This behavior is also used to capture its prey. The favorite food are shrimp and smaller fish. The volitans will slowly follow and stalk its prey until it has it cornered against a rock and then, amazingly, will surround the smaller animal with all of its long pectoral rays, leaving, in the victim's view, no escape. Then the huge mouth snaps open and sucks up the food like a vacuum. Lionfish are voracious and hobbyists are warned not to overfeed their pets as they will eat themselves to near bursting.

Notice the stripe running vertically through the eyeball. For all fish the most vulnerable part of its body are the eyes. Not only are they unprotected, but more importantly they give away the directional movement of the fish, helping the predator plan its attack. There are two ways to confuse an enemy regarding which way it is swimming. One is to reverse direction when in danger. Many eels do this. Instead of moving forward when it senses danger, an eel will reverse direction and actually swim backwards rather quickly.

Another way is to disguise the eye with its body pattern to make it less visible. This can be seen in the two photos to follow. Lionfish don't swim horizontally like most fish do. They swim lopsided at a forty-five degree angle, head slightly down and tail slightly raised (this helps when it is stalking prey of its own). In the photo below notice that the eye stripe neatly matches the stripe on its head, distorting the normally distinct eye on the head of most fish.

In the next photo we see a lionfish swimming more horizontally as it sizes up the photographer. Notice that the eye stripe is now skewed and doesn't match up exactly with the head stripe. When not swimming in its normally tilted position the eye becomes more distinguishable.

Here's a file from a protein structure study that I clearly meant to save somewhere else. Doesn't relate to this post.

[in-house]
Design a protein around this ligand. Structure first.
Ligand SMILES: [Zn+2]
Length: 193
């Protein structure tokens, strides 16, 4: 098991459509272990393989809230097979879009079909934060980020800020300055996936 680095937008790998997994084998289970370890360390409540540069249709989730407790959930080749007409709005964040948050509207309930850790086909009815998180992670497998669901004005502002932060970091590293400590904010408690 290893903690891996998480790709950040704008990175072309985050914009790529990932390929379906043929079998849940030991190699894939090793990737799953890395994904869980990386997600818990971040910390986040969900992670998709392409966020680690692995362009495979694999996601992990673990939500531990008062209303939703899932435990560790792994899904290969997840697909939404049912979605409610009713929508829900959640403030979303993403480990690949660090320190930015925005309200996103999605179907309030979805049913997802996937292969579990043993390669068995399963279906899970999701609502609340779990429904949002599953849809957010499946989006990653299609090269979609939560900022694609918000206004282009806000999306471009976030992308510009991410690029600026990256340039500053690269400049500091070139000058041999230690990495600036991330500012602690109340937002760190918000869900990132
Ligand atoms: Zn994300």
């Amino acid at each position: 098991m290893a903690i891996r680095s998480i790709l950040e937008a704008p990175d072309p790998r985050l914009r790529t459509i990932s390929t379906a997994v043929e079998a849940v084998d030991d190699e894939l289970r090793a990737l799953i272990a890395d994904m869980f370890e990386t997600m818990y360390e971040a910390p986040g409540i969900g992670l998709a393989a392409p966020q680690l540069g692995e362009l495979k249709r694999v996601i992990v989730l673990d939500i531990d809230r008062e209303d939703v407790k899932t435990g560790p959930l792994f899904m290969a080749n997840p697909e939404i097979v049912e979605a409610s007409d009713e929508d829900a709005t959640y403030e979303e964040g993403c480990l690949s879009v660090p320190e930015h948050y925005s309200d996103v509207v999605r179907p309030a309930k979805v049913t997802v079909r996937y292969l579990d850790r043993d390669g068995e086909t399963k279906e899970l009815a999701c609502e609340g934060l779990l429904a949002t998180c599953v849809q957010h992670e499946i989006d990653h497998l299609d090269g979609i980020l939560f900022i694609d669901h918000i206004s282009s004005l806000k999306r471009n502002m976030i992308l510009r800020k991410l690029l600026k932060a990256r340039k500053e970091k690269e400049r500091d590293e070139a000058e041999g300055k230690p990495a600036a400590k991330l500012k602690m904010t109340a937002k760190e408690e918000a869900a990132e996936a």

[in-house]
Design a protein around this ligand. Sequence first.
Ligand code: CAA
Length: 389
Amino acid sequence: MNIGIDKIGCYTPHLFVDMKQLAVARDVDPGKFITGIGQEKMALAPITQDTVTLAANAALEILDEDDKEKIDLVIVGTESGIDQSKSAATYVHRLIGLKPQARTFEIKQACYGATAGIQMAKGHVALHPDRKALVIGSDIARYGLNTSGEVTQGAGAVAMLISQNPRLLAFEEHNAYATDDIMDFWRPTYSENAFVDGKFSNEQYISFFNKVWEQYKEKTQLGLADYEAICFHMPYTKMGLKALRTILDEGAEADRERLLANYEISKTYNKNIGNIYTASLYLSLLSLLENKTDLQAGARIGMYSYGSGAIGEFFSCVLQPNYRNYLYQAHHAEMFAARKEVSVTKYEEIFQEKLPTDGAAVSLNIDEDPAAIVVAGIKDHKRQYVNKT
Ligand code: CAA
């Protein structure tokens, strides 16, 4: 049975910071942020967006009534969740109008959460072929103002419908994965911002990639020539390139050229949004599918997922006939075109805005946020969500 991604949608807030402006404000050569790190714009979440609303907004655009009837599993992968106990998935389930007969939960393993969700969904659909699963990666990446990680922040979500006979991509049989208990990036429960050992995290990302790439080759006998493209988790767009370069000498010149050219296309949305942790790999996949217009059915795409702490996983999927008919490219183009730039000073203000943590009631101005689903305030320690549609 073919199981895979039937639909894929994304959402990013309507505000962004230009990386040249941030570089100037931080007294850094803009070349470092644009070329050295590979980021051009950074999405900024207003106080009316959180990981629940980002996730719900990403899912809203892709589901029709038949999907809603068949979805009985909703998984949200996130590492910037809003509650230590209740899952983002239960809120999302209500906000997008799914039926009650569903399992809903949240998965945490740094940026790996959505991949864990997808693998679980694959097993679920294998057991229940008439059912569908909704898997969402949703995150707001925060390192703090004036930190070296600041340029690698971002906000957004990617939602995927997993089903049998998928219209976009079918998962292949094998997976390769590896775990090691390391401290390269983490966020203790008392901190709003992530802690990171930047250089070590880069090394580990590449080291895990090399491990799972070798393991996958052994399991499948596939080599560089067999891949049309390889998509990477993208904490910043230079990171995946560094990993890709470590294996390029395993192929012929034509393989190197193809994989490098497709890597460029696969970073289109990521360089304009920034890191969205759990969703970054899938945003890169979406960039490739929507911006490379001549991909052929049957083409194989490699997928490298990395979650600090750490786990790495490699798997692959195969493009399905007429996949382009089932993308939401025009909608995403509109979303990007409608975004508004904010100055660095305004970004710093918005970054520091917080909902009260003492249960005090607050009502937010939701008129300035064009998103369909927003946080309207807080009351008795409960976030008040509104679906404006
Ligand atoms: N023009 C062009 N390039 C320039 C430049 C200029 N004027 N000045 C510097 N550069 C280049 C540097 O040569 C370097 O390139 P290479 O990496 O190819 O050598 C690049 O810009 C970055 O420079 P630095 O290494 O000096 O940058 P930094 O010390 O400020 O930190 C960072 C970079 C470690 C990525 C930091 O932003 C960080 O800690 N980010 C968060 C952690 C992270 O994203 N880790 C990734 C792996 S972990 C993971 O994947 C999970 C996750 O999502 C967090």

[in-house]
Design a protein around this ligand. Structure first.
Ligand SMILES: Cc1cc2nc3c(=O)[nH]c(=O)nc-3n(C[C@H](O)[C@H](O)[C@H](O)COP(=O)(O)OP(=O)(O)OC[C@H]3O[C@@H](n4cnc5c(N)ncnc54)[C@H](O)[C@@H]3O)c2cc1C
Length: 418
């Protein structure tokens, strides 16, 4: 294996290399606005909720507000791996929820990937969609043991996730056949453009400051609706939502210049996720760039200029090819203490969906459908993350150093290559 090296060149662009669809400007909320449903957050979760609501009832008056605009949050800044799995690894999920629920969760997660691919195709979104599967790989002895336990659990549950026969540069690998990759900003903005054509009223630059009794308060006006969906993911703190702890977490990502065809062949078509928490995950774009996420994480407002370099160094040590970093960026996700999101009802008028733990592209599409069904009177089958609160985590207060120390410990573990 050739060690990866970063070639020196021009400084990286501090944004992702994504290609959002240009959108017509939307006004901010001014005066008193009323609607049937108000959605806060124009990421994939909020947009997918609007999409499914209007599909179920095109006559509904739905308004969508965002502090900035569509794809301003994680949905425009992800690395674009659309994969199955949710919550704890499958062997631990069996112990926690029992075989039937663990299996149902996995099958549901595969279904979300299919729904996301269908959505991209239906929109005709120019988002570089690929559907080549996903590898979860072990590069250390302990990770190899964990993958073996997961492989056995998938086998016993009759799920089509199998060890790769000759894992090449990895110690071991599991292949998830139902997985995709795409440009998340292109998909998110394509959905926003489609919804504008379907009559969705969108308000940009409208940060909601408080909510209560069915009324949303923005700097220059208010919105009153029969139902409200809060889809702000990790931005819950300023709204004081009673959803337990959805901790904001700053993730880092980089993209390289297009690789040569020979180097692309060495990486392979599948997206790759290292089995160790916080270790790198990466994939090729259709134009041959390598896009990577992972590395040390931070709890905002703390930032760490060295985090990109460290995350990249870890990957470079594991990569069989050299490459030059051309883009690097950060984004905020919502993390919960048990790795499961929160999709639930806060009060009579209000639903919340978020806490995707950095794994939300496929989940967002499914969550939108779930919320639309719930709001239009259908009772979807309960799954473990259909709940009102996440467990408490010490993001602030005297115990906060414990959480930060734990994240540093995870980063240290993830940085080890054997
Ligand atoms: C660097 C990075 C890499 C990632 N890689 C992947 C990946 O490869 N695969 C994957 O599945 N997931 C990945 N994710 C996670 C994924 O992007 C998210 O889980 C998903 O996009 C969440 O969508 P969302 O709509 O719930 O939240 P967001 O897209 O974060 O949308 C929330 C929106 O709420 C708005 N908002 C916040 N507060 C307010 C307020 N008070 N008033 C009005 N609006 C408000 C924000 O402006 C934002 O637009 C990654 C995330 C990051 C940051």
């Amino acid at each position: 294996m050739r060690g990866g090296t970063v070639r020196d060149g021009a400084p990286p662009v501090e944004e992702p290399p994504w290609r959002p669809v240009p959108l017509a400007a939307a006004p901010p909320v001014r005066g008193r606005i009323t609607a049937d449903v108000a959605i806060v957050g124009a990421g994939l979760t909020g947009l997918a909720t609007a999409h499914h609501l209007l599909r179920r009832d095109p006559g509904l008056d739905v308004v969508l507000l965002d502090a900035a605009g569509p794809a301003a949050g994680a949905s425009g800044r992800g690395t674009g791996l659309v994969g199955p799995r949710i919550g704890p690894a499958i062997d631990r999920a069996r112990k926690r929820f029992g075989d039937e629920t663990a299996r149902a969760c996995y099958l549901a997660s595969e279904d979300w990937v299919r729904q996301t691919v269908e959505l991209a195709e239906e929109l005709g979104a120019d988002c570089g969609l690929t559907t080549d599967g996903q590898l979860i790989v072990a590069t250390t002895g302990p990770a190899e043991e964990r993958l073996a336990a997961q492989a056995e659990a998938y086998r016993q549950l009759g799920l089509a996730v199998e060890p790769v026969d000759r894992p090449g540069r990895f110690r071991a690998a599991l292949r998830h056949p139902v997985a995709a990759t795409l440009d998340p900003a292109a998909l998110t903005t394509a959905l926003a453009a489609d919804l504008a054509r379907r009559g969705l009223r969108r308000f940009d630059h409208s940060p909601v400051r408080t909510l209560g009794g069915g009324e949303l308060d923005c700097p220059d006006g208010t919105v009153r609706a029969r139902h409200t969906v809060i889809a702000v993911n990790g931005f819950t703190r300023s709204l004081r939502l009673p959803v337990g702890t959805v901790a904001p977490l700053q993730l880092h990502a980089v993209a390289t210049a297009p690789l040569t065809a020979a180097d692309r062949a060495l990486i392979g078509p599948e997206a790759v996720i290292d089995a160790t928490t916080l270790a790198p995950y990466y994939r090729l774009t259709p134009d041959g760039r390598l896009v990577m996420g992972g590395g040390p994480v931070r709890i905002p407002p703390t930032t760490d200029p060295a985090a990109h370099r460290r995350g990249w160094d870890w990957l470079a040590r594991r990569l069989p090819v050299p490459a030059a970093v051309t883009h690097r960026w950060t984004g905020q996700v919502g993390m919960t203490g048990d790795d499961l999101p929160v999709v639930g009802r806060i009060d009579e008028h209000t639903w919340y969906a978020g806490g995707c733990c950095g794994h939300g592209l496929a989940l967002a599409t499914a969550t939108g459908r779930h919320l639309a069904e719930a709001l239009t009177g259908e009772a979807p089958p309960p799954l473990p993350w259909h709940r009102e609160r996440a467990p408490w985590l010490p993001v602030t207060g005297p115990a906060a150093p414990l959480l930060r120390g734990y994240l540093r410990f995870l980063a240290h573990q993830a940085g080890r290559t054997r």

Finally, as exciting as all this is, the lionfish has the potential to cause problems ecologically. Animals that are introduced to areas where they are not normally native are known as invasive species. Although it is not yet known what, if any, negative impact volitans will have as it becomes more established, the history of invasive species is not a pleasant one. Whether they be mongoose introduced to Hawaii or poisonous toads brought to Australia (among way too many examples), these animals are responsible for the extinction or degradation of countless native species.

And, unfortunately, the responsibility for these introductions almost always lies with us. Intentionally or not, global commerce and human migration has introduced thousands of plants and animals to other locales, and the effects on the natives are often devastating. I'm hoping this is not the case for the red lionfish.

Fun Fact: This is the species of fish in Captain Picard's ready room on Star Trek: TNG. Its name is "Livingston".

All photos by Rebecca Bray.

Other diaries in this series can be found here.

Extended (Optional)

Originally posted to Mark H on Sun Jul 13, 2008 at 11:42 AM PDT.